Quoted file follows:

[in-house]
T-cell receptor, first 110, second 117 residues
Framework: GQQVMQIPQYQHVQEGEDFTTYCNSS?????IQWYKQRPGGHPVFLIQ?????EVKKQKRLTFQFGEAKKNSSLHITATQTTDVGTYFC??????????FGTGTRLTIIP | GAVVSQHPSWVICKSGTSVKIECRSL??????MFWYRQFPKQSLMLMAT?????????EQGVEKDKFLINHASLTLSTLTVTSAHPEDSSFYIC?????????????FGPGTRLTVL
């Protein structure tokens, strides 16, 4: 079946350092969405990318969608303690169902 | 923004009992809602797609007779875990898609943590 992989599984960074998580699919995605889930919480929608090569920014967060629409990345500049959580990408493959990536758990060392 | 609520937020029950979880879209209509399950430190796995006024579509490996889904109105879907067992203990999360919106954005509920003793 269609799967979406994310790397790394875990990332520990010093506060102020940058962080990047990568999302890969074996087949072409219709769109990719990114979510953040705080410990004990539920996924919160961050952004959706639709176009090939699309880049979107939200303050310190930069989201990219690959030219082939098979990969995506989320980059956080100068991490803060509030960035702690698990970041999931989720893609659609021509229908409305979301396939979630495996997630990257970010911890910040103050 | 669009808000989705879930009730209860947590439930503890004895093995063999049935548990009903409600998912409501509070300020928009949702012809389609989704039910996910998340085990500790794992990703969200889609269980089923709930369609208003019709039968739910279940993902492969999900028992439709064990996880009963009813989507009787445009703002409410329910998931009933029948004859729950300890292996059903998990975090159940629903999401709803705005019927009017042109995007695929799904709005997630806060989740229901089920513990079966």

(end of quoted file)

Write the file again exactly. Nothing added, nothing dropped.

[in-house]
T-cell receptor, first 110, second 117 residues
Framework: GQQVMQIPQYQHVQEGEDFTTYCNSS?????IQWYKQRPGGHPVFLIQ?????EVKKQKRLTFQFGEAKKNSSLHITATQTTDVGTYFC??????????FGTGTRLTIIP | GAVVSQHPSWVICKSGTSVKIECRSL??????MFWYRQFPKQSLMLMAT?????????EQGVEKDKFLINHASLTLSTLTVTSAHPEDSSFYIC?????????????FGPGTRLTVL
């Protein structure tokens, strides 16, 4: 079946350092969405990318969608303690169902 | 923004009992809602797609007779875990898609943590 992989599984960074998580699919995605889930919480929608090569920014967060629409990345500049959580990408493959990536758990060392 | 609520937020029950979880879209209509399950430190796995006024579509490996889904109105879907067992203990999360919106954005509920003793 269609799967979406994310790397790394875990990332520990010093506060102020940058962080990047990568999302890969074996087949072409219709769109990719990114979510953040705080410990004990539920996924919160961050952004959706639709176009090939699309880049979107939200303050310190930069989201990219690959030219082939098979990969995506989320980059956080100068991490803060509030960035702690698990970041999931989720893609659609021509229908409305979301396939979630495996997630990257970010911890910040103050 | 669009808000989705879930009730209860947590439930503890004895093995063999049935548990009903409600998912409501509070300020928009949702012809389609989704039910996910998340085990500790794992990703969200889609269980089923709930369609208003019709039968739910279940993902492969999900028992439709064990996880009963009813989507009787445009703002409410329910998931009933029948004859729950300890292996059903998990975090159940629903999401709803705005019927009017042109995007695929799904709005997630806060989740229901089920513990079966």